This post appears here courtesy of the John Locke Foundation
. The author of this post is Dr. Terry Stoops
Today, state education officials released 2021-22 testing results and graduation rates for all North Carolina public schools.
Scores from the 2020-21 school year were sobering. The North Carolina Department of Public Instruction's Office of Learning Recovery and Acceleration used state test score data to assess the statewide academic impact of the loss of instructional time. Researchers concluded that the effect was negative "for all students, for all grades, for almost every subject (except English II)."
As students returned to school in 2021, the conventional wisdom was that the new school year offered fewer impediments to learning. As a result, statewide performance rebound during the 2021-22 school year, although proficiency rates are not back to pre-lockdown levels.
Across the elementary and middle school grades, grade-level proficiency in reading and math increased compared to the 2020-21 scores (see figures below). Fifth- and eighth-grade science proficiency also rose. Public schools saw gains in both high school math and biology. The only exception was the 0.6 percentage point drop in English II.
State agency leaders also published test score growth results. The percentage of schools that did not meet their growth expectations increased compared to 2018-19. Overall, 30.4% of schools did not meet growth last year, while 26.7% failed to do so in 2019. On a positive note, the percentage of schools that exceeded expected growth rose from 27.9% in 2019 to 28.8% in 2022. The remaining schools met expected growth.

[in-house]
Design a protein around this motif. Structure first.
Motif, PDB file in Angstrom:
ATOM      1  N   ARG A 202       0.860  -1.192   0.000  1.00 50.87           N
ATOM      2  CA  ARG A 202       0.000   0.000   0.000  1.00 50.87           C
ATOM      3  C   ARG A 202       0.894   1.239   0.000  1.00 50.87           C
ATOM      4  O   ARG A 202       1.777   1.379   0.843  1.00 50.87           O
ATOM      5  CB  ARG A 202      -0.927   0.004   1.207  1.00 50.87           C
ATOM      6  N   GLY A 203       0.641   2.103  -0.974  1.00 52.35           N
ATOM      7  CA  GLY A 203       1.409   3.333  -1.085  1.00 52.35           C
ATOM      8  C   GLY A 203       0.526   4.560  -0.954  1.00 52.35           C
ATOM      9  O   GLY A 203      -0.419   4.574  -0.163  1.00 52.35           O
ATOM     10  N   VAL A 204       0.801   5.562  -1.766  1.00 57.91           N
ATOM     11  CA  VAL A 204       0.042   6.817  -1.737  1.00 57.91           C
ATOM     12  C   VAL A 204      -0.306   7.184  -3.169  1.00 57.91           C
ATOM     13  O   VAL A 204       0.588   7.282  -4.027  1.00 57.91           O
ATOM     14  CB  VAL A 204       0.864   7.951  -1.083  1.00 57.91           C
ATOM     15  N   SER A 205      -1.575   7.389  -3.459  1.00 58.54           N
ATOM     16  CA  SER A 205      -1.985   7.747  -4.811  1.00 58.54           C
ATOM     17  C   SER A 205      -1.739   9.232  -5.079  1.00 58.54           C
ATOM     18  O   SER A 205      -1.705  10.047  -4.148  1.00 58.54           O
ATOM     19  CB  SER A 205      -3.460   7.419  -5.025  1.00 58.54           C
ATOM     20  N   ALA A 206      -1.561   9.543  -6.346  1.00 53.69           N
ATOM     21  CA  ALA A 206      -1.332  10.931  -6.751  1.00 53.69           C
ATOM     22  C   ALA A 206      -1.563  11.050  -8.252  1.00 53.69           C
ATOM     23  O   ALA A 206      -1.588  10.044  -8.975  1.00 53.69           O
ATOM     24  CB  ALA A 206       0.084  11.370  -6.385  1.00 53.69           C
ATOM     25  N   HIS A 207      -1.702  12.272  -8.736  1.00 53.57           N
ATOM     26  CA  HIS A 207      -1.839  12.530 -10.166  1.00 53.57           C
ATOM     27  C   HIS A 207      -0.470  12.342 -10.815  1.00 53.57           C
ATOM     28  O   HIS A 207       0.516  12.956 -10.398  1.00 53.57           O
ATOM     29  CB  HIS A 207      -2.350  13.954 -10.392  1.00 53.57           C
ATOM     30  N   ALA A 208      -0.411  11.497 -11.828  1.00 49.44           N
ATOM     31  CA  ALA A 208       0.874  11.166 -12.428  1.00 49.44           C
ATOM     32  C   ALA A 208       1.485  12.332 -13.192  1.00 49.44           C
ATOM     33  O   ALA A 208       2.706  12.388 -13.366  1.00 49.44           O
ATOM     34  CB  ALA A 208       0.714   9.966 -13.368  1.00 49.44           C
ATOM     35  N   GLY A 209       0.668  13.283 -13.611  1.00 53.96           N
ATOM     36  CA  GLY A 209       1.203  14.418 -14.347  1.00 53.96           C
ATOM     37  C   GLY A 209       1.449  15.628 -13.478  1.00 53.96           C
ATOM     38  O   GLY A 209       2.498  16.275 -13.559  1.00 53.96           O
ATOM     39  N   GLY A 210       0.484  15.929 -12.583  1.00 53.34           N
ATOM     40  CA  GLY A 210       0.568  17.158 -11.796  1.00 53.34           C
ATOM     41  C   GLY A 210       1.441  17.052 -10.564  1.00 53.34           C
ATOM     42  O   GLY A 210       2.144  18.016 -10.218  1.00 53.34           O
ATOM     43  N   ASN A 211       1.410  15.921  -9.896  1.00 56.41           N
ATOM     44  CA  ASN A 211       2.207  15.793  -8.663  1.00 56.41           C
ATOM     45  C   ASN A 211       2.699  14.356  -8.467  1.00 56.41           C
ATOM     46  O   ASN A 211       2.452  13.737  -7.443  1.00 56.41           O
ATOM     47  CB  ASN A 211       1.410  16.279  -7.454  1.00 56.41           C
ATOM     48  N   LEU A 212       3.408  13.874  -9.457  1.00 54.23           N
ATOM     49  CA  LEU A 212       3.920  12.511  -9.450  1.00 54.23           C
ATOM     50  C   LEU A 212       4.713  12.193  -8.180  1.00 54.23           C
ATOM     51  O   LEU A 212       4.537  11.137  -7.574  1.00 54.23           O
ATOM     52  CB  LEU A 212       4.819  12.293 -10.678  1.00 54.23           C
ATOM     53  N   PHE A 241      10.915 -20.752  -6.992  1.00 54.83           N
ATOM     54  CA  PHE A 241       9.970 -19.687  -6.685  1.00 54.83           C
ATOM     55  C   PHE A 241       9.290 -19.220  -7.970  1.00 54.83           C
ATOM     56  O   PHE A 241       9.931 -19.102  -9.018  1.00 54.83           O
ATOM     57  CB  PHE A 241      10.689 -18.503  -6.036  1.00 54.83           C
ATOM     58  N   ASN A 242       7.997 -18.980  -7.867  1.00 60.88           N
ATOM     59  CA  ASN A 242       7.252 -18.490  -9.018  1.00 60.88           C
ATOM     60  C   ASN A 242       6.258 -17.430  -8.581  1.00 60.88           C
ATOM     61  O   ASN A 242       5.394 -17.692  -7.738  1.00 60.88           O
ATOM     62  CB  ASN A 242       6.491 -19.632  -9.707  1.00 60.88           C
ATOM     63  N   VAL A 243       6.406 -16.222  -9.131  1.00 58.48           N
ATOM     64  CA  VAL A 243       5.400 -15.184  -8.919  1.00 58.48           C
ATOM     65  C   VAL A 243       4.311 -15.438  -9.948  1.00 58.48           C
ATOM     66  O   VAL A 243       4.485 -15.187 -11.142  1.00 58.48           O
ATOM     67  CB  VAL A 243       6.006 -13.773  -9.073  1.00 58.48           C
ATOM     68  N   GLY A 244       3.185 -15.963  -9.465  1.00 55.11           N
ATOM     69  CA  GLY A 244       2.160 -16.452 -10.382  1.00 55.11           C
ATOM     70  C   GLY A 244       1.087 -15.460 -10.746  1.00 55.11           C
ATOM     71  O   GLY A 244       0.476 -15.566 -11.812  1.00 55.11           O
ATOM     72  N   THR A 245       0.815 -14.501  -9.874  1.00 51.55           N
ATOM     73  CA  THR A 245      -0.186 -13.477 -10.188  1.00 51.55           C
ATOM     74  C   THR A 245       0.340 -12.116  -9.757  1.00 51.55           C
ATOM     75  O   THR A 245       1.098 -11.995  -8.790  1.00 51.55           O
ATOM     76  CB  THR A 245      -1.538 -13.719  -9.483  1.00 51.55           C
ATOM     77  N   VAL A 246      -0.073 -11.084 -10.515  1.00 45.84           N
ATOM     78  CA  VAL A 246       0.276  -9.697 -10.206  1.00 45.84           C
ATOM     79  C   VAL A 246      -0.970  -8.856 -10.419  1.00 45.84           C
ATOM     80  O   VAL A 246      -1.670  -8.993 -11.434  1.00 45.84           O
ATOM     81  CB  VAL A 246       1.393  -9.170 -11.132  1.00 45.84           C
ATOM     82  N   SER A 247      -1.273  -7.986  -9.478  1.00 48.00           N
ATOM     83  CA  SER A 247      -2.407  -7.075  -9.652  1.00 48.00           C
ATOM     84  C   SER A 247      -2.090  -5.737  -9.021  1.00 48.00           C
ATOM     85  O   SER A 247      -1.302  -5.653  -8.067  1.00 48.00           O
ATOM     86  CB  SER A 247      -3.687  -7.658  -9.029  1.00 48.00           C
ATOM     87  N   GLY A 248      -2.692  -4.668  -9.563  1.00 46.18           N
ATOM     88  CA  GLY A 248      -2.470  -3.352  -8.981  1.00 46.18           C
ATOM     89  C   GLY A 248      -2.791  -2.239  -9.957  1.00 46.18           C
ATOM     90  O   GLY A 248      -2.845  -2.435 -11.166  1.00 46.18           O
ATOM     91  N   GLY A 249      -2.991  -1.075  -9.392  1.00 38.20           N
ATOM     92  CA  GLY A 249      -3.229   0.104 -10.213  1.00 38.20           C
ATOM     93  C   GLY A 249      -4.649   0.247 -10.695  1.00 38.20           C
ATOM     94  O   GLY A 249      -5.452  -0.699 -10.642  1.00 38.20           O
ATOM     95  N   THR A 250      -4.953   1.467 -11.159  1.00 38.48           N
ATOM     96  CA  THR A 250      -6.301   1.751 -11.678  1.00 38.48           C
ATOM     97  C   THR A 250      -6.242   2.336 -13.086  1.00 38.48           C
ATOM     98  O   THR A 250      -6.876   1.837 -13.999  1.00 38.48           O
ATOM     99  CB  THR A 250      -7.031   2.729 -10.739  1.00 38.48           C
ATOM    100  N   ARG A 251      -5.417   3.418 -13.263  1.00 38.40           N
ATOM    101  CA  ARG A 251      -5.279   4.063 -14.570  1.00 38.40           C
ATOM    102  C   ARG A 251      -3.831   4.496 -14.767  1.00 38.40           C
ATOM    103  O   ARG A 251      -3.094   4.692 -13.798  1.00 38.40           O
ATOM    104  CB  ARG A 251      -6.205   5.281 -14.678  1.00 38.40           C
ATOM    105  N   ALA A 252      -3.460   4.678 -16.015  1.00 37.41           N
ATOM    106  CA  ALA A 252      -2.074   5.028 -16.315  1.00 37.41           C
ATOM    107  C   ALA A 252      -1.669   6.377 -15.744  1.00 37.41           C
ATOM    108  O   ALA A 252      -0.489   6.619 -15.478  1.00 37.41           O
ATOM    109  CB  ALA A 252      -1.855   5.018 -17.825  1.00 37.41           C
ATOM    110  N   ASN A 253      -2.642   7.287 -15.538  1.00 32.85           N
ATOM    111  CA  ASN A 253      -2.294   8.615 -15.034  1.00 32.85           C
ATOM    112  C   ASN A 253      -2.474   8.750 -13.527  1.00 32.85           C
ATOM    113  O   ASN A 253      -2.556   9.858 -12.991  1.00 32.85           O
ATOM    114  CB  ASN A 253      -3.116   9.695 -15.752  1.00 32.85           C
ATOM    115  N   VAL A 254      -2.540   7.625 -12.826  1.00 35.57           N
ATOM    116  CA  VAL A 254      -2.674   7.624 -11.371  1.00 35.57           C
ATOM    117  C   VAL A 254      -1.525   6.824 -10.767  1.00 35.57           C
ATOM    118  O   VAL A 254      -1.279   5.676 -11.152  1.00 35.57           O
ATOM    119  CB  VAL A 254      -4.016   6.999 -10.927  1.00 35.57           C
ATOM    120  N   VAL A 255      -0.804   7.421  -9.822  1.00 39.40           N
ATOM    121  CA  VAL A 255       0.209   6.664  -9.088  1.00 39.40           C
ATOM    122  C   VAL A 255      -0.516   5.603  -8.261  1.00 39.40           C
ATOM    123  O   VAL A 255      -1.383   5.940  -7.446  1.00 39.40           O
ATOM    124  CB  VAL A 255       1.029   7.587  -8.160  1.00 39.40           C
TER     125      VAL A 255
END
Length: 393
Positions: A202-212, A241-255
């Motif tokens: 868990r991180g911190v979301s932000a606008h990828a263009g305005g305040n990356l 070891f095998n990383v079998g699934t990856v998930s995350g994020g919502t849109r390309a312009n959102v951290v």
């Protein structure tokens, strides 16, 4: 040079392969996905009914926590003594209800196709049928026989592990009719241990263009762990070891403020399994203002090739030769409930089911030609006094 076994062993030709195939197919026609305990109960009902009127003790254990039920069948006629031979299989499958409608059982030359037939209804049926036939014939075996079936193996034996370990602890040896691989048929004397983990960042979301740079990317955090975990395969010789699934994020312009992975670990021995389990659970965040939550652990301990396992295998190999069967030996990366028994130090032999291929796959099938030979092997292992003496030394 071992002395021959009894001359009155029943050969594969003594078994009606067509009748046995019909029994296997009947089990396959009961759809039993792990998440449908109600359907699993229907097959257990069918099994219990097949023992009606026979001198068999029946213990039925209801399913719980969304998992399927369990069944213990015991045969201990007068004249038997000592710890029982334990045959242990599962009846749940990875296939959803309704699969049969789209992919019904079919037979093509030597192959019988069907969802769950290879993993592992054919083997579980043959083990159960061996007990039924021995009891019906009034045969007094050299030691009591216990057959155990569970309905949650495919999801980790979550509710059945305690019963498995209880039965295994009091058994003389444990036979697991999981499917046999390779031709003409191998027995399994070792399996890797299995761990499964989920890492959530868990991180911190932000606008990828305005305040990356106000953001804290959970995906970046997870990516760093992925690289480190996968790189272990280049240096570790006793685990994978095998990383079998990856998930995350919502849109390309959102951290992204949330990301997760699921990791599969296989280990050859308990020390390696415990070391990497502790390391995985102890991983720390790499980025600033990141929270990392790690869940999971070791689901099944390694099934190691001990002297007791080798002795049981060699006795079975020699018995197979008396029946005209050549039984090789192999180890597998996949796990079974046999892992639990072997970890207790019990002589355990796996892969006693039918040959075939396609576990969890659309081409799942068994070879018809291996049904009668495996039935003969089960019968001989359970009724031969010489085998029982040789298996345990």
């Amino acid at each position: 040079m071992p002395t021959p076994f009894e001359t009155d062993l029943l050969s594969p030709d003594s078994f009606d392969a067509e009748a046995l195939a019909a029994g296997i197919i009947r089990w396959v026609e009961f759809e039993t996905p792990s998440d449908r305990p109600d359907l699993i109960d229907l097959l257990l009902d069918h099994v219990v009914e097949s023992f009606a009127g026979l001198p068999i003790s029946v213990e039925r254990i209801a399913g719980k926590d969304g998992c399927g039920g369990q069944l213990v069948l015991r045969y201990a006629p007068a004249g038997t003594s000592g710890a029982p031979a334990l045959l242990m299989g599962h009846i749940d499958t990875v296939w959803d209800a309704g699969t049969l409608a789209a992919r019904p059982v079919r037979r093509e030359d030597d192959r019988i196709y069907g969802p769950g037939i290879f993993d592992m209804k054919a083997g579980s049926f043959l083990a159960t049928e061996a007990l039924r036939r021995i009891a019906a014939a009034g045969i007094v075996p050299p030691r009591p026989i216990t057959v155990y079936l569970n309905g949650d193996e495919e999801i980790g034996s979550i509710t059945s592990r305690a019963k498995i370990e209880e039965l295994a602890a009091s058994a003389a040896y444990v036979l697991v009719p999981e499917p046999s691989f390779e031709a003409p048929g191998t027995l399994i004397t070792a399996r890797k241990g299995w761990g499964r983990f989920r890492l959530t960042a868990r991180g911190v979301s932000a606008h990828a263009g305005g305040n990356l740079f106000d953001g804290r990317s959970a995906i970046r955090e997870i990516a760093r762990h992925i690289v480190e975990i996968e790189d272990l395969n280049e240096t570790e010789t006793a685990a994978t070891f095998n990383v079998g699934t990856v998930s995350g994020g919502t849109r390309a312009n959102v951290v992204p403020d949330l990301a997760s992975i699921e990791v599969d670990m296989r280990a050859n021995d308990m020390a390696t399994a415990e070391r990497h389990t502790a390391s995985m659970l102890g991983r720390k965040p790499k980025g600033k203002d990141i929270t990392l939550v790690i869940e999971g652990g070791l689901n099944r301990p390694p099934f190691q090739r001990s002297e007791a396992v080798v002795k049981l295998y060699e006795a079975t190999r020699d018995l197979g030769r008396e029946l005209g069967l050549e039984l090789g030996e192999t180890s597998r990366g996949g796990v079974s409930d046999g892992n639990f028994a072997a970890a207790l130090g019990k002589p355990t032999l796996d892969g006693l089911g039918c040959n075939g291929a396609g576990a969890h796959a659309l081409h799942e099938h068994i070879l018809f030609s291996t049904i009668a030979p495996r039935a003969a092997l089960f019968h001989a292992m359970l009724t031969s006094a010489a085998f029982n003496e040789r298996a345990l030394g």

Of course, statewide scores obscure variations in performance across districts, schools, grades, and student subgroups. For example, math and reading proficiency rates in Halifax County were appalling. In 2021, the district spent an average of nearly $14,700 per student. Yet only 17.2% of elementary and middle school students were proficient in math, and 22.9% of students in those grades were proficient in reading last year. Asheville City spent nearly $14,300 per student, yet proficiency rates for black students were shockingly low in 2022. The highest proficiency rate for this subgroup was 26% in English II.
Without a doubt, credit goes to classroom educators who prioritized raising student performance amidst pressure by teacher unions and advocacy organizations to discount the importance of test scores and other quantitative measures of academic performance. I also credit Superintendent Truitt and state education leaders for their unwavering focus on academic achievement as schools start the long-term process of recovering from pandemic-era lockdowns.